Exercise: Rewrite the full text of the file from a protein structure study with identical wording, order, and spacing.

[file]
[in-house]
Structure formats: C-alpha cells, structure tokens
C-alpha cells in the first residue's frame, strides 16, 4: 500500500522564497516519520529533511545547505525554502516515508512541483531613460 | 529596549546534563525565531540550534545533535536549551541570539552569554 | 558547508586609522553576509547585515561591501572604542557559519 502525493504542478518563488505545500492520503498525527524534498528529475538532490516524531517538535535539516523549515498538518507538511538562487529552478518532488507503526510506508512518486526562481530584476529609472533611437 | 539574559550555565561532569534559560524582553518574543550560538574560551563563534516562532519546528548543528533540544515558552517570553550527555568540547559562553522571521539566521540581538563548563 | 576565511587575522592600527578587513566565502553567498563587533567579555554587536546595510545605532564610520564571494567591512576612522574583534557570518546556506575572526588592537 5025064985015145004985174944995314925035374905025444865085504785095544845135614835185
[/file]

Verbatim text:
[in-house]
Structure formats: C-alpha cells, structure tokens
C-alpha cells in the first residue's frame, strides 16, 4: 500500500522564497516519520529533511545547505525554502516515508512541483531613460 | 529596549546534563525565531540550534545533535536549551541570539552569554 | 558547508586609522553576509547585515561591501572604542557559519 502525493504542478518563488505545500492520503498525527524534498528529475538532490516524531517538535535539516523549515498538518507538511538562487529552478518532488507503526510506508512518486526562481530584476529609472533611437 | 539574559550555565561532569534559560524582553518574543550560538574560551563563534516562532519546528548543528533540544515558552517570553550527555568540547559562553522571521539566521540581538563548563 | 576565511587575522592600527578587513566565502553567498563587533567579555554587536546595510545605532564610520564571494567591512576612522574583534557570518546556506575572526588592537 5025064985015145004985174944995314925035374905025444865085504785095544845135614835185